An anti-riot policeman hits a protester with a baton at a rally against what protesters claim to be U.S. intervention outside the U.S. embassy in Manila July 4, 2011. Filipino and U.S. troops are holding exercises in the Sulu Sea off the western Philippine province of Palawan, which lies near the disputed Spratly Islands. Conflicting territorial claims by several countries over the Spratlys and Paracels are raising tensions in Asia. Besides the Philippines, China, Vietnam, Taiwan, Malaysia and Brunei are claiming the islands as theirs. REUTERS/Romeo Ranoco

from Afghan Journal:

Cold War flashbacks as Americans rebuild Soviet tunnel in Afghanistan

Under blazing June sunshine in the Hindu Kush mountains, U.S., Russian and Afghan officials gathered by the entrance of the Salang tunnel, arguably the most important stretch of highway in Afghanistan, linking the country’s south with its north.

They had come to celebrate emergency repair works carried out by the U.S. government on the 2.6 km (1.6 miles) of concrete passageway that the Soviets built in 1962. Constantly congested and leaking, the tunnel is on the brink of collapse.

from Ian Bremmer:

Post-surge Afghanistan and post-surge Obama

By Ian Bremmer
The views expressed are his own.

When President Barack Obama announced in late 2009 that he would send an additional 30,000 troops to Afghanistan, few were as pleased as Defense Secretary Robert Gates. A holdover from the George W. Bush administration, Gates had championed the 2007 surge of troops into Iraq, a move that helped turn both the tide in that country and public opinion in the U.S. on its future. Gates and the generals hoped for similar success against the Taliban.

But how do you measure success in a place like Afghanistan? Soldiers, no matter how many, can’t build democratic, financial and industrial institutions overnight. At best, they can help make Afghans safer and life much harder for those who would launch attacks beyond the country’s borders. By that measure, the record of both surges is mixed, if generally positive. But post-surge, one thing is certain: Obama allowed Gates to prosecute the war on his terms, but new Defense Secretary Leon Panetta will be asked to implement a plan that has less to do with Kandahar than with Capitol Hill.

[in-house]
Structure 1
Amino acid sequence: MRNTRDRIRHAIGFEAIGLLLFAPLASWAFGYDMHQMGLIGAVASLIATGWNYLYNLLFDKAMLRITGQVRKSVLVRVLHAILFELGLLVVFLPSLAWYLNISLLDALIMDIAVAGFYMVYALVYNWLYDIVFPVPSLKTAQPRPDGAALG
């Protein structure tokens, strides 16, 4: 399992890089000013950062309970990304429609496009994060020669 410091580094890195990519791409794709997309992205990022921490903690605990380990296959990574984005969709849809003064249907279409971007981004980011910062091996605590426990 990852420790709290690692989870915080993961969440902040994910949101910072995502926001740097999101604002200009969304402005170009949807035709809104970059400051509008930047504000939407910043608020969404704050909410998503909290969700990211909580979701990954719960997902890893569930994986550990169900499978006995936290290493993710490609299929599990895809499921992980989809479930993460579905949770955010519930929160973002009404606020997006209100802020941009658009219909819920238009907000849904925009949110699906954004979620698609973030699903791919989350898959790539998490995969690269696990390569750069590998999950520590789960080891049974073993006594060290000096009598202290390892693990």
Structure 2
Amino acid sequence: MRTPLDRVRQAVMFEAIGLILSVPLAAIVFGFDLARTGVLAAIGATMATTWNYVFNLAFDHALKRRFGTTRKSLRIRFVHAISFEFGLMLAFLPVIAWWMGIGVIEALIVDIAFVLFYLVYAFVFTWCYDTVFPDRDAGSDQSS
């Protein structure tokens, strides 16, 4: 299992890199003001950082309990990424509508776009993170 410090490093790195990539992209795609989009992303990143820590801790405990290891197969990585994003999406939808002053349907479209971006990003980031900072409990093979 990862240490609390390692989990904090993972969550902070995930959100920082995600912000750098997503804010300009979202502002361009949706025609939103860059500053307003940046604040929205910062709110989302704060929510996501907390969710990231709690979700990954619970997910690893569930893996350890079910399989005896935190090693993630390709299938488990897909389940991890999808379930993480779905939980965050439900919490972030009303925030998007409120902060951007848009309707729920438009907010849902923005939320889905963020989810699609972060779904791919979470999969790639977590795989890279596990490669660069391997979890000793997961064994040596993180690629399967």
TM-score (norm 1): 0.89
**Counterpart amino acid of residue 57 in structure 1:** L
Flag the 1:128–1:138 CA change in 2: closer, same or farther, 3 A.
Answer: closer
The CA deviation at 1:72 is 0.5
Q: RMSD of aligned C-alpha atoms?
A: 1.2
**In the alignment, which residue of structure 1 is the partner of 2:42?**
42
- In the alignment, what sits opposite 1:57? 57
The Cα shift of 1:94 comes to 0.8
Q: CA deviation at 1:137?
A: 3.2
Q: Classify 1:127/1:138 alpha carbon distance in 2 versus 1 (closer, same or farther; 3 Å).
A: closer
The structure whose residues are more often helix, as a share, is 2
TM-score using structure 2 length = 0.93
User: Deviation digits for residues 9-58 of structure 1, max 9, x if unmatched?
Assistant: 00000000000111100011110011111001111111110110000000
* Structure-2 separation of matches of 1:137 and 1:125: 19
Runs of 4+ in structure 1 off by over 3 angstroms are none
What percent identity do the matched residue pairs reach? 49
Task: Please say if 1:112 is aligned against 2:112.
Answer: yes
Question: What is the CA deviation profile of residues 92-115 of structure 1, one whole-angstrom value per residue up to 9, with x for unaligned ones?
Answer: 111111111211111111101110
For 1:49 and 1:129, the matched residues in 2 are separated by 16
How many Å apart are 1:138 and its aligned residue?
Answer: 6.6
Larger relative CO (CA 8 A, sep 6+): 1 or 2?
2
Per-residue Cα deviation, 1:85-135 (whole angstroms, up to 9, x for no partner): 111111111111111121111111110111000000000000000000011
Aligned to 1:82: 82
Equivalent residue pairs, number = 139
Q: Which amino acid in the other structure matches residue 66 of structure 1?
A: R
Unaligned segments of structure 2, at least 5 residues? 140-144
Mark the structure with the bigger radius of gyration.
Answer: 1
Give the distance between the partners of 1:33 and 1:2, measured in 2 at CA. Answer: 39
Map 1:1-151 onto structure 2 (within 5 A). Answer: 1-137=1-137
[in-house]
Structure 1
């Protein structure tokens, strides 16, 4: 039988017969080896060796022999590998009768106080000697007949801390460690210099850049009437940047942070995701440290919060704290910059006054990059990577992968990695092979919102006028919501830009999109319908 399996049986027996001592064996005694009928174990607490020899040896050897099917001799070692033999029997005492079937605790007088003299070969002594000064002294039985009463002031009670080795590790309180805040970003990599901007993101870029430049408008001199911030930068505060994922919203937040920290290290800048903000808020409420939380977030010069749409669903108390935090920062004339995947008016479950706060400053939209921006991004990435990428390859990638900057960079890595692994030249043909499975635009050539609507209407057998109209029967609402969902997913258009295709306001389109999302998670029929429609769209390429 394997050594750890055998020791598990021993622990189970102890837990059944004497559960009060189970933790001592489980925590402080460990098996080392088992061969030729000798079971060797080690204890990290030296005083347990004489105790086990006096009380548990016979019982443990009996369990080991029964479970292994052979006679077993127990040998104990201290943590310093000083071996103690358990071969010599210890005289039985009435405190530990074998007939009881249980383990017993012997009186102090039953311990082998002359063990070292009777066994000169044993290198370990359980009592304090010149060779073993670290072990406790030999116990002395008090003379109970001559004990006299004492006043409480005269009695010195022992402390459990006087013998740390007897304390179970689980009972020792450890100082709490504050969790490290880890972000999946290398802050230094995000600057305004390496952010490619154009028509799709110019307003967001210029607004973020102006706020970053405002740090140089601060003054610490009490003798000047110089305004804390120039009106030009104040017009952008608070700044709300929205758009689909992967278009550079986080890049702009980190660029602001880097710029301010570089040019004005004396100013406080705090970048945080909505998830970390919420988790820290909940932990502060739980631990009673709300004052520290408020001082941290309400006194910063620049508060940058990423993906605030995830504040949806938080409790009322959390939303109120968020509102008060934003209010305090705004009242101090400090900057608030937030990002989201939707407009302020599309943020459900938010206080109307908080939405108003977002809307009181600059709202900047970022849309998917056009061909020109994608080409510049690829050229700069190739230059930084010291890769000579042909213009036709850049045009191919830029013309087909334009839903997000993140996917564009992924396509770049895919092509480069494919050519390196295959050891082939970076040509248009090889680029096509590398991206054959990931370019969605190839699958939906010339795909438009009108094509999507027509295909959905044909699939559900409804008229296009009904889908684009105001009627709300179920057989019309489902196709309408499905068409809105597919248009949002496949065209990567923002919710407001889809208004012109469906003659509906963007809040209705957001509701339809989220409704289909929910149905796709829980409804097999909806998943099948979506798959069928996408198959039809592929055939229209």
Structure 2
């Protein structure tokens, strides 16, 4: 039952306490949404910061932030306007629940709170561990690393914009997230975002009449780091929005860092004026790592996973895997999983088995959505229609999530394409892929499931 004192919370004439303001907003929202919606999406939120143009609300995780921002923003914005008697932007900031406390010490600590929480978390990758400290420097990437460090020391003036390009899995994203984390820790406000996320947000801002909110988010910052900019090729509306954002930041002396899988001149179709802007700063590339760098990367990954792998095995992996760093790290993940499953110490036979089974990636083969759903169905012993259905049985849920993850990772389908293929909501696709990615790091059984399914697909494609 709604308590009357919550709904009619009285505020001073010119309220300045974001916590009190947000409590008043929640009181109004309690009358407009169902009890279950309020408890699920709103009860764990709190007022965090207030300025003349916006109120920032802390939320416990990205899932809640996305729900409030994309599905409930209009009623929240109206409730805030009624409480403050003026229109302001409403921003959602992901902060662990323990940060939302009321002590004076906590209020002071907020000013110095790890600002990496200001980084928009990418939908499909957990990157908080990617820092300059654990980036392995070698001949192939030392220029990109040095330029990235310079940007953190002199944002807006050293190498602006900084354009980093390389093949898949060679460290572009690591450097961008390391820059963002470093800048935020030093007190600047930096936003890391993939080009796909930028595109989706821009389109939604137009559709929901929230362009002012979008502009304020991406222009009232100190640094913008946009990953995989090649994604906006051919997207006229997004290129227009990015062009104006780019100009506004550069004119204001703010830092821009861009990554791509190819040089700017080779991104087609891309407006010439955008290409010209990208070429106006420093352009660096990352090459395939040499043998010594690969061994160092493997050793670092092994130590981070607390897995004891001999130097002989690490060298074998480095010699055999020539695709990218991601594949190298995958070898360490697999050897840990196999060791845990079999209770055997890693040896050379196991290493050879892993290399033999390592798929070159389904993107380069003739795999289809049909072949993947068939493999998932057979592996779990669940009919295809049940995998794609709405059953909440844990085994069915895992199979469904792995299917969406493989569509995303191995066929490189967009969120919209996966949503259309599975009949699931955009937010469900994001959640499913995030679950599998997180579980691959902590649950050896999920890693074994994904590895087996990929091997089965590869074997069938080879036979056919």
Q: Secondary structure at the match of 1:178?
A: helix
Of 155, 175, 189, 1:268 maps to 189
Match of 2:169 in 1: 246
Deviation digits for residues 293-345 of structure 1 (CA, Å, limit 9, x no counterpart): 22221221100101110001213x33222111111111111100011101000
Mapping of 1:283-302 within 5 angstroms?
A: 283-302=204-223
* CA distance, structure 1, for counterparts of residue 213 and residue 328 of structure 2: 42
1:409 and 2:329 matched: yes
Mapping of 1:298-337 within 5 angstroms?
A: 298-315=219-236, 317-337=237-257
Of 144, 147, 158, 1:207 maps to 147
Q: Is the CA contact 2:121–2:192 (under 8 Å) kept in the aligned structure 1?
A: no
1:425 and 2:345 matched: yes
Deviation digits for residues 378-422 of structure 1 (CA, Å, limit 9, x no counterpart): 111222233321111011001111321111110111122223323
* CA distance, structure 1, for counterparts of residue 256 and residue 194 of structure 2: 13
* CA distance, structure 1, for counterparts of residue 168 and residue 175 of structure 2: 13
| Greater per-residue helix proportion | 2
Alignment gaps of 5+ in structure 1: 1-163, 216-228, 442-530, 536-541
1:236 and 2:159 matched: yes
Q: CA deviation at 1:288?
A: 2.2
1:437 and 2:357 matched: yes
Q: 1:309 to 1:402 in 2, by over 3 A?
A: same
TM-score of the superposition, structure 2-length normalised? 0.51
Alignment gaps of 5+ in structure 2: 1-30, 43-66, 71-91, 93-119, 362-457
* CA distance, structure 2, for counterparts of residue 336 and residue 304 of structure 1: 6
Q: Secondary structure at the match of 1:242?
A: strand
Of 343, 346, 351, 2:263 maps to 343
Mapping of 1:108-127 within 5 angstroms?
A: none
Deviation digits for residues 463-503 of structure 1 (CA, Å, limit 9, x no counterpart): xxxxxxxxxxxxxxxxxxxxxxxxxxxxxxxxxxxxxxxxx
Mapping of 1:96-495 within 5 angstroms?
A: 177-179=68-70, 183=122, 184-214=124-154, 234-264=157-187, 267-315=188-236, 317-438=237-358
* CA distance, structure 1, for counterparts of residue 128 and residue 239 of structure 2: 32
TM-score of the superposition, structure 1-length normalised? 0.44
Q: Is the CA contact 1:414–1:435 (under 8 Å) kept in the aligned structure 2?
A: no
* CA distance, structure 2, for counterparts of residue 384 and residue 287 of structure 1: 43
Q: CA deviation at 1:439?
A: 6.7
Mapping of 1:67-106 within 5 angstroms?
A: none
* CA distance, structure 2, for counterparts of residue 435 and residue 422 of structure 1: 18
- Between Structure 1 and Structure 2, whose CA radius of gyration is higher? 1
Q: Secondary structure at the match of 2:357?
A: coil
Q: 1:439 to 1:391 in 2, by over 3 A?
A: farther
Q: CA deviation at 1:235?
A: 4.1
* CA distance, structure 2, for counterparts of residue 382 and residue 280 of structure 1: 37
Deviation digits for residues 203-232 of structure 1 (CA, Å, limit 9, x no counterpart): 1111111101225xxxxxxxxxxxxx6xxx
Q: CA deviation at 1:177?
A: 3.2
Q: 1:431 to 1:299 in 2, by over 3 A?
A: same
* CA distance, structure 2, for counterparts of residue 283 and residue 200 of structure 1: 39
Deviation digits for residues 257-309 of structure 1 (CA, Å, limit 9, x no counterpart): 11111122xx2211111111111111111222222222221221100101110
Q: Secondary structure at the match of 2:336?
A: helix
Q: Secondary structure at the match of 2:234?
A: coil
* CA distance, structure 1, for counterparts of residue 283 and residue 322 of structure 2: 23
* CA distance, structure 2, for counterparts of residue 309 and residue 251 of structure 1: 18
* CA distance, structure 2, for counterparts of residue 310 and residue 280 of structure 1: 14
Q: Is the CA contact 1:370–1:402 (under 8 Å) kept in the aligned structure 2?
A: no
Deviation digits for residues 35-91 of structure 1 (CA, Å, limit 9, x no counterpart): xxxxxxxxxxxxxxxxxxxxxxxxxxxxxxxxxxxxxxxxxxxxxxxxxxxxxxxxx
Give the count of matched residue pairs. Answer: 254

from Afghan Journal:

Drone strikes are police work, not an act of war?

Launching an air strike in another nation would normally be considered an act of aggression. But advocates of America's rapidly expanding unmanned drone programme don't see it that way.

They are arguing, as Tom Ricks writes on his blog The Best Defense over at Foreign Policy, that the campaign to kill militants with missile strikes from these unmanned aircraft, is more like police action in a tough neighbourhood than a military conflict.

from Russell Boyce:

Asia – A week in pictures 26 June 2011

Last week a series of unconnected bomb attacks across Asia left dozens dead and many more injured.  Thirty-five people were killed in a suicide bombing next to a hospital in Afghanistan's Logar province south of Kabul, at least four police officers were wounded in blast in eastern Pakistan, and suspected Taliban militants stormed a police station in a town in northwestern Pakistan, killing at least five policemen. Four explosions rocked Myanmar's capital, Naypyitaw.  In Thailand a triple bombing by suspected insurgents kills at least two people and wounded nine others in Thailand's deep south.

A victim of a suicide bomb attack yells as medics apply burn cream to his torso after he was brought to the Lady Reading hospital for treatment in Peshawar June 20, 2011. A suicide bomber blew himself up in a market area on the outskirts of the northwestern city of Peshawar, killing at least two people and wounded three, police and hospital officials said. This image has been rotated 180 degrees.  REUTERS/Fayaz Aziz